Art On His Mind
Remembering A Great Activist Through His Interest In Art
Julian Bond, January 14, 1940 – August 15, 2015
Along with remembering Julian Bond as a great social activist, we recall his visual arts interest.
New York art patron and collector Nancy L. Lane worked closely with Julian Bond when she was a member of the National Board of the NAACP. She recalls that Julian Bond and his spouse Pamela Horowitz collected art and that he took a particular interest in some artists.
One example of Julian Bond’s art-related interest stands out in Nancy Lane’s memory. It's from when she helped Bond arrange retreats for the NAACP board at the Harvard Business School. One afternoon while they were at the retreat, she accompanied Bond to meet with then-Harvard University President Neil L. Rudenstine in his office. (Rudenstine’s term of office at Harvard was 1991-2001, so the meeting took place during that time). Julian Bond presented Neil Rudenstine with a signed Jacob Lawrence lithograph as a gift from the NAACP National Board.
After Bond's passing, Neil Rudenstine's spouse, the art historian Angelica Rudenstine, said "Neil was (and remains) very touched by the gift" which now hangs in their Princeton NJ home. The lithograph is: Aspiration, signed and dated 1988, 11/200. "Gift to NLR from the NAACP." Nancy Lane is an IRAAA advior.
In the mid-to-late 1990s Julian Bond was a paying subscriber to the print IRAAA journal. He called the IRAAA office once about an art matter but not a usual one such as a question about an artist or a missing issue. I took the call and, while I don't remember the details, I believe it may have related to the Fall 1997 IRAAA issue. The cover story of that issue was on the controversy then erupting in the African American art community about emerging artists Kara Walker and Michael Ray Charles who were creating black caricatures such as pick-a-ninnies in their works.
What I do distinctly recall is that Julian Bond was calling from an airport and visual art was on his mind as well as catching a flight.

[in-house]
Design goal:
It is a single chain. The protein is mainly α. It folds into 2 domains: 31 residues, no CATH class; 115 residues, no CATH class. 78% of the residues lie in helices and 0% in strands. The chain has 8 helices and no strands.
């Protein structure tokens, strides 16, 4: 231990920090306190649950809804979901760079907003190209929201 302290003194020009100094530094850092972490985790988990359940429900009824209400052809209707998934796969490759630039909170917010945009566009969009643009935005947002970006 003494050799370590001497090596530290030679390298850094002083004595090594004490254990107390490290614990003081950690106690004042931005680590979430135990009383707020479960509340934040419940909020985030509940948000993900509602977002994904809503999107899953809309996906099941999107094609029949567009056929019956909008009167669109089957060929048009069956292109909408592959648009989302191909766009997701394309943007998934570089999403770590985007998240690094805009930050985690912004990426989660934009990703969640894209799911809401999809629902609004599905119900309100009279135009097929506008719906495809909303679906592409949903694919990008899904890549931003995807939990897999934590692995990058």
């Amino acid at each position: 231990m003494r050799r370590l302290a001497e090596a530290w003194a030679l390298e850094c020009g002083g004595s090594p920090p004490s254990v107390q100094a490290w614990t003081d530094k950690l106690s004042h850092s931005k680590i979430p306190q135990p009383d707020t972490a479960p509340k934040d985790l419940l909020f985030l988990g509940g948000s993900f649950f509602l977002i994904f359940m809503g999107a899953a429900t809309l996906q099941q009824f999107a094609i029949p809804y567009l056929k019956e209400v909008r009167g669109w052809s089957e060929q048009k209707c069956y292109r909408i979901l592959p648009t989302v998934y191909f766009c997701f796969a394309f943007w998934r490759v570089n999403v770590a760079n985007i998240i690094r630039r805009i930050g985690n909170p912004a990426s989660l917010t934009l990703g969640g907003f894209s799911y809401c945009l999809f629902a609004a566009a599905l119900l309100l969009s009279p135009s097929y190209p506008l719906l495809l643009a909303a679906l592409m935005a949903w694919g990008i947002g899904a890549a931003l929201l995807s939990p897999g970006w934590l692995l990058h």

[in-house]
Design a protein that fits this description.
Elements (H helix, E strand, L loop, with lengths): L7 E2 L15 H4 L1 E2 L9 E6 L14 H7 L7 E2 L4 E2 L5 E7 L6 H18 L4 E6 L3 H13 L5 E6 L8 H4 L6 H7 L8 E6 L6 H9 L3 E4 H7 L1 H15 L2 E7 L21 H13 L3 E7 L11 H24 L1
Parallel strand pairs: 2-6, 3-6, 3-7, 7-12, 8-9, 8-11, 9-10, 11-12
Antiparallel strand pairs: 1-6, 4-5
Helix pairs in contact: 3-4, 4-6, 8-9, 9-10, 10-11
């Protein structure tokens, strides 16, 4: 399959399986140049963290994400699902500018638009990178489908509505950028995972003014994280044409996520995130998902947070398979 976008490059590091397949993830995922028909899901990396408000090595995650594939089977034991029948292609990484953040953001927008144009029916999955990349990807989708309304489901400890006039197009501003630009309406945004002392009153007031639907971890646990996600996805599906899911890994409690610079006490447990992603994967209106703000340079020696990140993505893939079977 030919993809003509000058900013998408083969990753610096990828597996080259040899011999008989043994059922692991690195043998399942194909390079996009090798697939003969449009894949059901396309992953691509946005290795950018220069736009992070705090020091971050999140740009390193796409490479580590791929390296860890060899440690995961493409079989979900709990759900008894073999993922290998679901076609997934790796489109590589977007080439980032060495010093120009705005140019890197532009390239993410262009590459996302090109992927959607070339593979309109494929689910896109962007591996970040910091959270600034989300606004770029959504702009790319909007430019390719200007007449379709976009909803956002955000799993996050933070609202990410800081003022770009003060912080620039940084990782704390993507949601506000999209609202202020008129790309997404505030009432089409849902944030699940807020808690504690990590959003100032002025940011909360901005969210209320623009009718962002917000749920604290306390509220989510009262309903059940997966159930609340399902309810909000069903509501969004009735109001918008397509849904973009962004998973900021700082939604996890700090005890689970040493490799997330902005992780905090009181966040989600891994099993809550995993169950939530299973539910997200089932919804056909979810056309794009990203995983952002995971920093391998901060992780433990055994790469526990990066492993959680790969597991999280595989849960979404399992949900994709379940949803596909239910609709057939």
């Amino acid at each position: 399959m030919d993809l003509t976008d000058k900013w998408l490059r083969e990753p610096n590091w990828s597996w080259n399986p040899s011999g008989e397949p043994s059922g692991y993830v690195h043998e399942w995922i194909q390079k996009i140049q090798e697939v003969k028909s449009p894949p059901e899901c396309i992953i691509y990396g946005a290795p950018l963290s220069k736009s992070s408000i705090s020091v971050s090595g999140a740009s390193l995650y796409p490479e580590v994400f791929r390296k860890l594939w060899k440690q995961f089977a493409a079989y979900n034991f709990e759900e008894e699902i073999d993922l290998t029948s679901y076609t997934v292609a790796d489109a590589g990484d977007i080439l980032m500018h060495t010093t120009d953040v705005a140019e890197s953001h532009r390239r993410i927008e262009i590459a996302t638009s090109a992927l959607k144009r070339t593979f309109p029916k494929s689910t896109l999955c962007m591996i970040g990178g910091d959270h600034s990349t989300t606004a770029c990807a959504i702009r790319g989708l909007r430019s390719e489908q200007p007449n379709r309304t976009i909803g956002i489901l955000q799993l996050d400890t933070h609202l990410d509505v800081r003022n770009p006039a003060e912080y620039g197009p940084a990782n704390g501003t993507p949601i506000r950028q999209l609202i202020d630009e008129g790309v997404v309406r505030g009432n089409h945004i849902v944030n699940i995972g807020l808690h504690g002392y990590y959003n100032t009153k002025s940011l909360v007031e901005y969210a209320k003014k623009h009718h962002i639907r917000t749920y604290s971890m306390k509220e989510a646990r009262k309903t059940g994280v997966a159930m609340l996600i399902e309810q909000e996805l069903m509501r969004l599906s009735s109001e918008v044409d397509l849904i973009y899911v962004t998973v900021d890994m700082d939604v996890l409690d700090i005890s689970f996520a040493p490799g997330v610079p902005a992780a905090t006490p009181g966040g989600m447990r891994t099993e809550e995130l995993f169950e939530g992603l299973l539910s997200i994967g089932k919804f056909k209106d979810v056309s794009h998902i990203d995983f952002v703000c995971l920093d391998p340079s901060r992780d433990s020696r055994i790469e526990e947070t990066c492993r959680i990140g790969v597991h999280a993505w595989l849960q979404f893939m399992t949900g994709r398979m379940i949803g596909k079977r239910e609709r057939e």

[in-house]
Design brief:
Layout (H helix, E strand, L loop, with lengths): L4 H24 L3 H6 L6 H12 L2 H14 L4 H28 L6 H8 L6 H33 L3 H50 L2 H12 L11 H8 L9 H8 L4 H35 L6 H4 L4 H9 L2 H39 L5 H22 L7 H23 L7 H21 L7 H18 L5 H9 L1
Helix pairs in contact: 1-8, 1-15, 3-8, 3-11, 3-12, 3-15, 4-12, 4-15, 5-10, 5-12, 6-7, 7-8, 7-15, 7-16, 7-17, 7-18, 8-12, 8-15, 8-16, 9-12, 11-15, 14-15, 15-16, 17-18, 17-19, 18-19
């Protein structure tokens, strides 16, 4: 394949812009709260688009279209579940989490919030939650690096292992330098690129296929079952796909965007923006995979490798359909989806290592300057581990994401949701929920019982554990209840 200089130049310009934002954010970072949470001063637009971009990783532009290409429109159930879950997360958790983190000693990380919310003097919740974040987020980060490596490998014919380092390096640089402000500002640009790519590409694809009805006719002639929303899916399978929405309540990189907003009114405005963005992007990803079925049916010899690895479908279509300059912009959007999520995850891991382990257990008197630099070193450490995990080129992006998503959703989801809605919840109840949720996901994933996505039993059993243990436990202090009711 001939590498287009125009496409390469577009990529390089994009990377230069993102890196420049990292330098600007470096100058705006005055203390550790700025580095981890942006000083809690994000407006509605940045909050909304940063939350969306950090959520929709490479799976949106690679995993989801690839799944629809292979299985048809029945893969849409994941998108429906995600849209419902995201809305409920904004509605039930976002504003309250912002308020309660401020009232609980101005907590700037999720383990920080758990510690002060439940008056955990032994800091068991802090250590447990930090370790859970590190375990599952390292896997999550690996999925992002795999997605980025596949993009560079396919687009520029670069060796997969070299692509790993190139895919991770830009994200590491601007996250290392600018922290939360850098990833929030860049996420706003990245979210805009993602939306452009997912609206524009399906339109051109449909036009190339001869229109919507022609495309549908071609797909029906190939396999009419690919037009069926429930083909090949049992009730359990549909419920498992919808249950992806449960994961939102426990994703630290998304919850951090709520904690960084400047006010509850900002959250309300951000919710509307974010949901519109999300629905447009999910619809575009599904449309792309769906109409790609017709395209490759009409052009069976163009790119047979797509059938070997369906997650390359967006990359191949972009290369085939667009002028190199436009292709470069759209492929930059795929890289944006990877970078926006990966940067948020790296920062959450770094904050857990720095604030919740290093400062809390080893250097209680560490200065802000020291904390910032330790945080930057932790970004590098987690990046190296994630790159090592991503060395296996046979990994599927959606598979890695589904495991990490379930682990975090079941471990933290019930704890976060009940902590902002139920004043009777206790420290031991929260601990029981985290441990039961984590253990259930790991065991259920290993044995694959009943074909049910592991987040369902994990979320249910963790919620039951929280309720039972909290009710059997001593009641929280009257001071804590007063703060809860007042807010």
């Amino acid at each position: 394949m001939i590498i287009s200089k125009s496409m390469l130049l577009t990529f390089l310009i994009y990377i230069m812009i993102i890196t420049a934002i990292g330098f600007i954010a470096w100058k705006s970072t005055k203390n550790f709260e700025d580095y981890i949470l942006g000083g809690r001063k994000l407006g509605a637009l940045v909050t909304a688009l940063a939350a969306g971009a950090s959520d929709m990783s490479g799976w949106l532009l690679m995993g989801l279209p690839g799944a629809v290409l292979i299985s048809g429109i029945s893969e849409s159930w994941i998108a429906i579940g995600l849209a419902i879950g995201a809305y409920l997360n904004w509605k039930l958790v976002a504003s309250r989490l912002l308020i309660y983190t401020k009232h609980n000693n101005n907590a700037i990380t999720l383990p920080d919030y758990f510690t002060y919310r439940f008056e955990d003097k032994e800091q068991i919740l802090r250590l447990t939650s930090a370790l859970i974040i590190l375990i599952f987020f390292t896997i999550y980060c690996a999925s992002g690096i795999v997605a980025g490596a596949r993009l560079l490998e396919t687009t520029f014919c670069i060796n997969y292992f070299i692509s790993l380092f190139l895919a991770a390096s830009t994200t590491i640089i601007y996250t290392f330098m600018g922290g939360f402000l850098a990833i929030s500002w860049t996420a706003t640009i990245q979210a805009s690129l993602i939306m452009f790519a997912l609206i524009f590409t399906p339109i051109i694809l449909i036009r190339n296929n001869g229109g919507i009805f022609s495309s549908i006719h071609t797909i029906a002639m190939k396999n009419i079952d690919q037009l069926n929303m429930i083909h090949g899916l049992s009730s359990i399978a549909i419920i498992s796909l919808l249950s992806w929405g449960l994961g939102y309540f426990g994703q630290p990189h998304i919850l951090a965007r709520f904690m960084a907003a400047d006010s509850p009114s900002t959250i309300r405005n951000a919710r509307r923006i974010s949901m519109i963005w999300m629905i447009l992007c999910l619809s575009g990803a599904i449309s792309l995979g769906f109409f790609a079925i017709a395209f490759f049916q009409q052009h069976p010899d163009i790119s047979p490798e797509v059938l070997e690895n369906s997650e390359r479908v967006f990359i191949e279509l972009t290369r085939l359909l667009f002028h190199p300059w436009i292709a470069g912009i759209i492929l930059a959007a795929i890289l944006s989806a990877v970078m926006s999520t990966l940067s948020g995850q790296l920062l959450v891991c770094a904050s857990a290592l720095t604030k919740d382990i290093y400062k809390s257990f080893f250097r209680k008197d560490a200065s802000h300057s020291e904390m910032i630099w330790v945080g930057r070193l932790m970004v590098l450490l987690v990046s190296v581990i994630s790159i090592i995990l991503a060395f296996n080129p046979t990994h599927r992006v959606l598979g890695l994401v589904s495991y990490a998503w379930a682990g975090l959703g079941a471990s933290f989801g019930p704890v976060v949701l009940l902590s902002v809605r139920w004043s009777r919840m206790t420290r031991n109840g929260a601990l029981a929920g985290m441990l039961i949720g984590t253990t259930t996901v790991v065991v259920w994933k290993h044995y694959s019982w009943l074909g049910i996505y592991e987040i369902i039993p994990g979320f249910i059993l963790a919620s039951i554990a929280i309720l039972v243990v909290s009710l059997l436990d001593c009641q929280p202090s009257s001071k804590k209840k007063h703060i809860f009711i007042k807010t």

In wondering to what extent Bond was interested in visual art, I did a quick search and discovered a historically-significant connection. Julian Bond's father, Horace Mann Bond, figured in the renowned Barnes collection of modern art being administered by Lincoln University, a historically black institution in Pennsylvania.
Horace Mann Bond was president of Lincoln University from 1945 to 1957. Albert Barnes collected outstanding works by Van Gogh, Cezanne, Renoir and Matisse which he displayed with splendid African objects in his mansion in nearby Merion, PA. A friendship developed between Albert Barnes and Horace Mann Bond and Bond invited the collector to lecture on art at Lincoln in 1950. Around the same time, Barnes gave Lincoln University the power to nominate most of the trustees to run the Barnes Foundation, after his death.
With a father who had first-hand knowledge of the great, foundational works of modernism, young Julian had a huge headstart in art appreciation. Other members of his extended family were accomplished designers. His cousin was the noted late architect, J. Max Bond. J. Max's mother, Ruth Clement Bond, designed quilts made by rural African American women.
In late 2002-early 2003, Julian Bond began crusading vigorously against a coalition of Philadelphia-area foundations which sought to wrest Barnes Foundation board control from Lincoln and move the collection from Merion to a new building in Philadelphia. Unlike Bond's political crusades, this was a campaign that he could not win. The Barnes Foundation Board was reconstituted and the collection was installed in a new facility in Philadelphia which opened in 2012.
In April 2011, Julian Bond spoke extensively about art and politics at a forum at the Indianapolis Museum of Art held in conjunction with the Hard Truths: The Art of Thornton Dial exhibition there. Bond discussed the life and work of this well-known, self-taught artist within the context of the civil rights movement and engaged in conversation with Greg Tate who spoke about “Neo-hoodoo Imaginations and Hollering Bebop Ghosts in the Southern Black Visionary Tradition.”
As the life of Julian Bond (January 14, 1940–August 15, 2015) is celebrated, I hope we'll learn more about his artistic sensibility — for example, he was an English major at Morehouse and wrote poetry — and particularly more about his interest in the visual arts.
The full caption for the Dial piece is: Thornton Dial, Heaven and Hell on Earth, 1995. Corn husks, corncobs, dried mushrooms, roots, burned wood, clothing, bedding, toys, wire, metal, fabric, Christmas tree ornament, rope, carpet, paintbrush, other found materials, oil, enamel, spray paint, and industrial sealing compound on canvas on wood. Collection of the Souls Grown Deep Foundation.